Former Deputy Minister for Education, Samuel Okudzeto Ablakwa has reiterated earlier assertions by some organisations and persons that government is to blame for current mishaps at the Kwame Nkrumah University of Science and Technology (KNUST).
Samuel Okudzeto Ablakwa, accuses government of intentionally frustrating efforts by concern stakeholders in bringing matters to rest at KNUST which will lead to the reopening of the University to students.
“Government’s conduct or shall we be more honest and call it misconduct in deliberately stifling an amicable resolution of the KNUST imbroglio only goes as far as to confirm that Government has indeed been the problem all along,” he indicated in a statement posted on his Facebook wall.
The Member of Parliament for North Tongu Constituency, said failure to restore the old council of KNUST on the expected date which was November 2, 2018 clearly exposes government’s unwillingness to support stakeholders to find lasting solution to the dispute.
He said, “Per the road map agreed with key stakeholders after Government’s abortive coup, KNUST’s University Council ought to have been restored last Friday the 2nd of November, 2018. This would have given us concrete hope that by this week students could be returning to a re-opened campus. Further stalemate and more harm especially to KNUST’s international image would thus have been avoided.”
The legislator further questioned government’s intention to meddle in the selection of persons to represent UTAG, TEWU, SRC, GRASAG and other bodies on the University’s Council.
While expressing shock at the inability of government to reinstate the old University Council, Mr. Ablakwa indicated that the dissolution was an “unlawful action”.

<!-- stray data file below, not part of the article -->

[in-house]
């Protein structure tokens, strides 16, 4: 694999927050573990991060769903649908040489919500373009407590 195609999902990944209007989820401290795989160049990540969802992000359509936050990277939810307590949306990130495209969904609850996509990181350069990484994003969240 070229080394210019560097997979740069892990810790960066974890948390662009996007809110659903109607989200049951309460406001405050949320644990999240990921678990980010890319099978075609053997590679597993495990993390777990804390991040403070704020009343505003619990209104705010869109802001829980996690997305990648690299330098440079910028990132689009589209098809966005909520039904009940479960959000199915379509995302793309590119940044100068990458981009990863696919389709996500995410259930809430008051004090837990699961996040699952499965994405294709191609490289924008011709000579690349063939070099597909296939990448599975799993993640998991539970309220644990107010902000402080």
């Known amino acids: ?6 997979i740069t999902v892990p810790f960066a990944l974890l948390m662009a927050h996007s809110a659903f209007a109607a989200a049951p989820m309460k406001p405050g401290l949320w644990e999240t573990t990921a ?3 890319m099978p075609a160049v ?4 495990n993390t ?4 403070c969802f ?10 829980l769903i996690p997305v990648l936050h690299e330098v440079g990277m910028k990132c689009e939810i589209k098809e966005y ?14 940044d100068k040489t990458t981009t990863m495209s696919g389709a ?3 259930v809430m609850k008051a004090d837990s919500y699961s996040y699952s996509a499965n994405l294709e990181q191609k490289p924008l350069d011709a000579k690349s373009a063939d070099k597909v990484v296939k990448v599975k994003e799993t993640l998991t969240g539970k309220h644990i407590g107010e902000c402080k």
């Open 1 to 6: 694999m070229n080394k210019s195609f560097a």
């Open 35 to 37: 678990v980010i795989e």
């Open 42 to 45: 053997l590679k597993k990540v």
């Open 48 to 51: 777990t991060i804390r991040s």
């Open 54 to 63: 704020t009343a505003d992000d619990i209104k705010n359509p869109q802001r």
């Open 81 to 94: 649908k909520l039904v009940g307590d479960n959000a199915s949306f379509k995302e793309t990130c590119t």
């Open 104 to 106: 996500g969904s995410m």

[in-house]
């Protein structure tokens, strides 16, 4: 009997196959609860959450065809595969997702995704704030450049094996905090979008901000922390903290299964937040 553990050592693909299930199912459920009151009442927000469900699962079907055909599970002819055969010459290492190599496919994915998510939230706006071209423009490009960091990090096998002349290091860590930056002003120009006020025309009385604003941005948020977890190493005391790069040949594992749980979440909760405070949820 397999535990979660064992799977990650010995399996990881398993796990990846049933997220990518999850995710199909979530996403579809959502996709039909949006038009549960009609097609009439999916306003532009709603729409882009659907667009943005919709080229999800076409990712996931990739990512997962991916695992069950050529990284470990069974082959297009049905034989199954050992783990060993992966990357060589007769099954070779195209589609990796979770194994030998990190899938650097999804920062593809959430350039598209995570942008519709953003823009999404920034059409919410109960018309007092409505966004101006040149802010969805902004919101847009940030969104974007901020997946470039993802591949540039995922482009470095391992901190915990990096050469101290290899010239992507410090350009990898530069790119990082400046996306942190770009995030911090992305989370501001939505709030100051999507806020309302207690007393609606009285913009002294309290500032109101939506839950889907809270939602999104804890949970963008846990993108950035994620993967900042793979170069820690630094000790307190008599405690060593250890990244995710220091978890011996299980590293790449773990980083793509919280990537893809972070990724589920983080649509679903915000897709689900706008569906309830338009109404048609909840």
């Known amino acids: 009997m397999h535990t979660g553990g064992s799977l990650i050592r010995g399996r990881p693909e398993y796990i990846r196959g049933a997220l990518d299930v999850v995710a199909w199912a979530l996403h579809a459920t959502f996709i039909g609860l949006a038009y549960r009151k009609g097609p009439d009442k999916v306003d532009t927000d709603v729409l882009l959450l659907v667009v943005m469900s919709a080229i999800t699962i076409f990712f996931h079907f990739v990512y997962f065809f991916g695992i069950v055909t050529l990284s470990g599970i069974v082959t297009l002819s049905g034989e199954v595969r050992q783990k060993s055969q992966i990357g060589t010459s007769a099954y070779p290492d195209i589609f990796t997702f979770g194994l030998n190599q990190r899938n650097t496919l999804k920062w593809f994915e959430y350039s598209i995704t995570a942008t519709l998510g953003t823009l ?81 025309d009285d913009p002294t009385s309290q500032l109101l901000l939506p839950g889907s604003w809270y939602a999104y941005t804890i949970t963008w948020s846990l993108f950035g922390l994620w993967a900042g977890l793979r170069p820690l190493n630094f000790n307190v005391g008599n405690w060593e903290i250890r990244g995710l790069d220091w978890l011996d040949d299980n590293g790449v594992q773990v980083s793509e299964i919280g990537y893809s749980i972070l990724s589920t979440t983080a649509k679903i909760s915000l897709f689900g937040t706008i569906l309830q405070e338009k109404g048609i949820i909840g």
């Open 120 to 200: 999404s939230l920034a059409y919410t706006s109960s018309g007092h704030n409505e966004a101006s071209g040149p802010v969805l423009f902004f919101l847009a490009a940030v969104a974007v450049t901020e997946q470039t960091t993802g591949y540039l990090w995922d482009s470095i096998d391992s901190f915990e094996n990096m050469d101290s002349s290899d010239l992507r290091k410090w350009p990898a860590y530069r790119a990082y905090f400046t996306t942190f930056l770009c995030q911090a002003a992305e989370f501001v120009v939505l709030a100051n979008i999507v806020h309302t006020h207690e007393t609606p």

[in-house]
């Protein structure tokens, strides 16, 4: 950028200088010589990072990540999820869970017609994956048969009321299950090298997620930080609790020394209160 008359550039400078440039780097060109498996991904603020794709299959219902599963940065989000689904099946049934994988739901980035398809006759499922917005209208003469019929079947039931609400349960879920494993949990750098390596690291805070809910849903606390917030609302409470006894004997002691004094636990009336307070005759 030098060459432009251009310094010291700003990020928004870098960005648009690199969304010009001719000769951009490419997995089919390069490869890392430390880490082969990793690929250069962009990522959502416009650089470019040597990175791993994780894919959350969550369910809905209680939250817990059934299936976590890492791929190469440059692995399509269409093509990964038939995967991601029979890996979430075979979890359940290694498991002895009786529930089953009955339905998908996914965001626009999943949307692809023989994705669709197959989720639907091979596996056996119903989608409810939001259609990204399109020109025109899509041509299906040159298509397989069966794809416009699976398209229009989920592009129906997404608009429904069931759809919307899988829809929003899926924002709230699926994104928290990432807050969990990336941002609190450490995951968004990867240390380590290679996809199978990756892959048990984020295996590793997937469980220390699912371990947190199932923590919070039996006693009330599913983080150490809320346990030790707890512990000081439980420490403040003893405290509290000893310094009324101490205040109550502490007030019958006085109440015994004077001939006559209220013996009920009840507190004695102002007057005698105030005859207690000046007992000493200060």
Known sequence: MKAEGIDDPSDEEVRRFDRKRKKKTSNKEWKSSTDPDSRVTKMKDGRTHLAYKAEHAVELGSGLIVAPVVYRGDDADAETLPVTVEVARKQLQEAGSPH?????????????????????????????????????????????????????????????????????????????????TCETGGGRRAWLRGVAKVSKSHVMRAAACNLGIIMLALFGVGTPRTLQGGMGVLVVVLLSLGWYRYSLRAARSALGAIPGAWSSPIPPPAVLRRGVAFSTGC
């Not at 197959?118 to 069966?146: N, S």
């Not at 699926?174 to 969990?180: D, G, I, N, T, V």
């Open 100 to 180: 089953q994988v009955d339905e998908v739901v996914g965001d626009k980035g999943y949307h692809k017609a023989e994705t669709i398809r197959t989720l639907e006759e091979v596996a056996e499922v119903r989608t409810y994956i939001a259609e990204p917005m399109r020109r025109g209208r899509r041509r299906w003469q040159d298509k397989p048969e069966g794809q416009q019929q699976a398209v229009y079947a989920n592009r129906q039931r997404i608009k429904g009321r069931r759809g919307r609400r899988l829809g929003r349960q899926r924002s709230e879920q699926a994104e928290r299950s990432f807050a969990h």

“If Government succeeds with this, what next? Would Government now decide who are elected as leaders/executive of these entities? Would Government begin to determine which lecturer and or member of staff gets promoted? Would Government henceforth control or place fetters on the kind of research permitted in our higher institutions of learning? Would Government then determine who gets admission into KNUST and other universities for that matter?” Mr. Ablakwa quizzed.
He further blamed the Akufo-Addo led administration for masterminding the troubles at other state owned tertiary institutions including the Ghana Institute of Journalism, Cape Coast Polytechnic.
The North Tongu lawmaker, touted the efforts of the embattled Chancellor of the KNUST, Prof Obiri Danso, Asantehene Otumfuo Osei Tutu II, UTAG, TEWU, the school’s SRC and others for “resisting Government’s misguided and dangerous maneuvers” as he strongly believes “we are all at risk if Government succeeds”.
Government dissolved the governing Council of the Kwame Nkrumah University of Science and Technology (KNUST) after a violent protest by students leading to the closure of the institution.
The Vice-Chancellor of KNUST, Professor Kwasi Obiri Danso, was asked to step aside and hand over to the Pro Vice-Chancellor.
A seven-member interim council was put in place to manage the school until a lasting solution is found to the dispute between students and management of the KNUST following a recommendation by Minister for Education, Dr. Matthew Opoku Prempeh.
Representatives of the University Teachers Association (UTAG), and the Teachers and Education Workers’ Union (TEWU) at KNUST who were later added to the interim council after opposing it, however, rejected the council entirely, insisting that the old be restored and the Vice Chancellor reinstated.
The reinstitution of the board which was supposed to be done last Friday could not come off as TEWU and UTAG members accused the Minister of state in charge of Tertiary Education, Prof Kwesi Yankah, of interfering in the process of selecting representatives on the council.
The Asantehene, Otumfuo Osei Tutu II who is the Chancellor of the university, has been leading the reconstitution agenda following its dissolution by the government.